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  6. I found this pretty interesting to think about, but I do take except to the generalized notion that abstract art is not “pretty”. Of course “pretty” is a VERY subjective term. But my personal opinion is that some abstract art is “gentle”, “soothing”, “surprisingly pleasant”, “soft”, “happy”, and even “pretty” whatever that is.

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  7. “Minds are like parachutes. They only work when opened.”
    Alot of people having trouble slowing down and opening up for many reasons. I feel very fortunate and blessed that I can. Essential questions and discussions can offer new ways of looking at things. Thanks for providing these, Danny.

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  8. I think we create a narrative of our life to make it comprehensible. Maybe sitting with whatever stirs in us, when we look at abstract art, we will then gradually weave it into our narrative. It does require openness to the unknown

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  9. Danny, although I’m very interested in psychology, I’m also thinking that psychologist are no “”all-knowing-gods”. Surely I’m NOT afraid of abstract art. Normally I’m just bored and absolutely NOT inspired by abstract art (or maybe there’s something “wrong” with me? 🙂 ). – Instead I’m deeply touched by “children’s art” or “Outsider Art” (“Art Brut”) http://en.wikipedia.org/wiki/Outsider_art . For me “abstract art” is generally overrated, just as I’ll never unterstand the hype about the German “abstract” Gerhard Richter. – Sorry and don’t worry, it’s just my personally view…:) – Matthias

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  10. I don’t think I’ve ever felt fear. I have felt unsatisfied–and confused by my total lack of any feeling for or against most of the abstract art I’ve seen. I don’t find it fun or interesting to look at (with a few exceptions). I either need to look at it more or look at it less. I know you’d say “more.”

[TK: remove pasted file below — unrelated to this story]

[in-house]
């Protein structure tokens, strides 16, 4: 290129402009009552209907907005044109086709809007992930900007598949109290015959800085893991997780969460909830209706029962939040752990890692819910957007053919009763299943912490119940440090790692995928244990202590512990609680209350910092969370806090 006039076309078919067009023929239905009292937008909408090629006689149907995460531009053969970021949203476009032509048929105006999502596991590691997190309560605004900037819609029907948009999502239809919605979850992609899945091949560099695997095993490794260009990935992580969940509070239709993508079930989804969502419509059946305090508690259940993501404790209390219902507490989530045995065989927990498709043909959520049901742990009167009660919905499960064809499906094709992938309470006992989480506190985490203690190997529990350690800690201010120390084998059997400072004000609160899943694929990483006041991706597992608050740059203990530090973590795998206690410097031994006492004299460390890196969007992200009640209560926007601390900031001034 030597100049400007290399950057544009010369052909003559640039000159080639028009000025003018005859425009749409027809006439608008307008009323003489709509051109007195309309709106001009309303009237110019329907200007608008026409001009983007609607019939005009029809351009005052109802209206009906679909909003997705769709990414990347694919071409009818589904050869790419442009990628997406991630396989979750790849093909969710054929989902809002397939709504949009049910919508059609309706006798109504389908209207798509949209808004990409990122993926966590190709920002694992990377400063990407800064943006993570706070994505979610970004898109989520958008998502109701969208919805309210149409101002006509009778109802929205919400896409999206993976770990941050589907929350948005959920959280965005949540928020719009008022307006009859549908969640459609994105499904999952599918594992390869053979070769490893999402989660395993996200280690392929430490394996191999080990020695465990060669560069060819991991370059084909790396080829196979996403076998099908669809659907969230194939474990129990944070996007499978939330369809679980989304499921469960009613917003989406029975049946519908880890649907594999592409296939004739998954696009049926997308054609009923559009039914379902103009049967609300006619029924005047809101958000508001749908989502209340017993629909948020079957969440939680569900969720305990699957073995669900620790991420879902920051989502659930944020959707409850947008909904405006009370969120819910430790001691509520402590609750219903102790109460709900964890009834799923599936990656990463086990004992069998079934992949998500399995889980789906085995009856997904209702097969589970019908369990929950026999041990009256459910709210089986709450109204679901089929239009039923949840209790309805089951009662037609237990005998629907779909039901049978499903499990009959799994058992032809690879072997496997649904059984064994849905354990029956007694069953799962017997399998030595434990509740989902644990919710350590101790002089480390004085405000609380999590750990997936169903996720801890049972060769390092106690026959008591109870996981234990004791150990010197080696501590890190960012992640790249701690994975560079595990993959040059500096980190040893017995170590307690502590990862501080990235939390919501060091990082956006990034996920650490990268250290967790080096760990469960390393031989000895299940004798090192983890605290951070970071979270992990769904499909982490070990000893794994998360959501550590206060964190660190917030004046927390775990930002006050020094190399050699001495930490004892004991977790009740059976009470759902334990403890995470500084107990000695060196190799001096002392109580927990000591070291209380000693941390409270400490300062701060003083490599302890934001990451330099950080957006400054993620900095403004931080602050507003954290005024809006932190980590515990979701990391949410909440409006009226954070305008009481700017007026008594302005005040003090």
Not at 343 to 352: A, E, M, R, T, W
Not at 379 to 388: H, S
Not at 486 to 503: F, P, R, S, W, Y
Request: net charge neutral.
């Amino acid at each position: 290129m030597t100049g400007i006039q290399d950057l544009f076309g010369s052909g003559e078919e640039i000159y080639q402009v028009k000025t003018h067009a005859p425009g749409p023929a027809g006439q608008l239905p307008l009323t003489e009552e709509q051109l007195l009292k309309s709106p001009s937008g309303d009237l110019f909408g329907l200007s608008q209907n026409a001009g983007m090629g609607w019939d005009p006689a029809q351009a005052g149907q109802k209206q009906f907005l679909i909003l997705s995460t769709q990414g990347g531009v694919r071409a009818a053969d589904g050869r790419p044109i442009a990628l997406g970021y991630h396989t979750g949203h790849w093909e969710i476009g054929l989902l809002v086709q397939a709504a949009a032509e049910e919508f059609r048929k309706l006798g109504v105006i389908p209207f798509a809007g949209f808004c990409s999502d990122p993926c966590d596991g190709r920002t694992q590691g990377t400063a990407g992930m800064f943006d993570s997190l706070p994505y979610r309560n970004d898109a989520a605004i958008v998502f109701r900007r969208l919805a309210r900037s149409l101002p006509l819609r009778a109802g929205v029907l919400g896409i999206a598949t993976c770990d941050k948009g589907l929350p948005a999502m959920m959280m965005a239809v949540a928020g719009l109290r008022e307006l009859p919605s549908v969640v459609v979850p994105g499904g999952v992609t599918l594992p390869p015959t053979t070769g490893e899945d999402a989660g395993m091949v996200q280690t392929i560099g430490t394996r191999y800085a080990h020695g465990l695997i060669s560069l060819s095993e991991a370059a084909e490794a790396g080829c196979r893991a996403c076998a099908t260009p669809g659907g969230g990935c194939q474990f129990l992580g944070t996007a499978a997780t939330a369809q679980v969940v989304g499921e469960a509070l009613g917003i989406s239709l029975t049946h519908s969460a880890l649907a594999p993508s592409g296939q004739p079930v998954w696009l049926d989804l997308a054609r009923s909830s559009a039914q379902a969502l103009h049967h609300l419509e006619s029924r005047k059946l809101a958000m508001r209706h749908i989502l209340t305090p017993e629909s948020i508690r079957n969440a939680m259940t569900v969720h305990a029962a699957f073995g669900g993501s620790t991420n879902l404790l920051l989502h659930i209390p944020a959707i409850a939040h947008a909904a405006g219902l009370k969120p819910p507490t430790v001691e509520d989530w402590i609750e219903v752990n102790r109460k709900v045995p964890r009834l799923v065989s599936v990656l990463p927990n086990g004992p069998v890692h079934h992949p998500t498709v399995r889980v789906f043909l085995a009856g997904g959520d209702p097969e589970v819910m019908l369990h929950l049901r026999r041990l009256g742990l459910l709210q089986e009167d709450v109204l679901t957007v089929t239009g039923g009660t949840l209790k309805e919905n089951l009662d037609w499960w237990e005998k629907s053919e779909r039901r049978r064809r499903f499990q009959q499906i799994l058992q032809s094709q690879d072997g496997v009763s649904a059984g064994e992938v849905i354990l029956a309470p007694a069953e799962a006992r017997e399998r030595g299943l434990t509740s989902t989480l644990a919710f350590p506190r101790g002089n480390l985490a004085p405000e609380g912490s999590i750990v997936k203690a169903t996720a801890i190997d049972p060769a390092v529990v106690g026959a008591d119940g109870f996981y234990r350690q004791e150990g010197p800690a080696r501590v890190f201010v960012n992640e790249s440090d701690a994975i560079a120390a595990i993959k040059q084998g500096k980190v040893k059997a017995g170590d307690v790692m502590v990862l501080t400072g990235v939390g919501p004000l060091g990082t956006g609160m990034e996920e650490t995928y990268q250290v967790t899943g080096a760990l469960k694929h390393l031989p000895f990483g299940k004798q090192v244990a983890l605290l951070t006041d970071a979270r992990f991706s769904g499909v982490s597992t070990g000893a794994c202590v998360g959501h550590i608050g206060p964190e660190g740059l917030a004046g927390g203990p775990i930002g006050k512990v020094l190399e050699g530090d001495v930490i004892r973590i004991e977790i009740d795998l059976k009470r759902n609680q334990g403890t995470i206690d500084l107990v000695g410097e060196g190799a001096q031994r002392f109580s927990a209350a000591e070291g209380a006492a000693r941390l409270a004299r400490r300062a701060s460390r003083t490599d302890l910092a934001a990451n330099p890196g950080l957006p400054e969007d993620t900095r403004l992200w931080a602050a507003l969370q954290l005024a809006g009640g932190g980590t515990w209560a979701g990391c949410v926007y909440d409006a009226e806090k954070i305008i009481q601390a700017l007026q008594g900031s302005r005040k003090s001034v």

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  11. Some abstract artists write about their work, what I read there is a common desire to try and paint an emotion directly without a specific image. I think it’s a tall task to attempt and I’m just nowhere near a place where I would feel compelled to do that. Some Zen masters try and point to where the “Plum blossom becomes Spring.” That’s as close as I can get. Now, back to drawing my cats!!

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  12. I’m not afraid of it and look at it a lot, and don’t think much of it is good. I think that a LOT of gallery owners and museum critics try to make you think that so-and-so is much better than they are when in fact they are just not very good, and being corralled by one of these people can be frightening or intimidating if you are a newbie. Puff up like a pufferfish when you encounter these types and fool them into thinking you know more than they do! I love Rothko (I’d have one in a NY minute), Deibenkorn, Jasper Johns, Billy Al Bengsten, Frank Gehry, and Liz Doyle (http://donegallizdoyle.com/).

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  13. Marvelous post, Danny! In teaching elementary children for years, I noticed that if no one told them “modern art” was “supposed” to be difficult or hard to understand, they would get very excited over it and find all sorts of delightful things to say about it. We can all learn valuable lessons from kids!

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  14. Very intriguing. Quite frankly this abstract art just really made me want donuts! But I can see where your coming on other works of art other than this tantalizing tasty face:).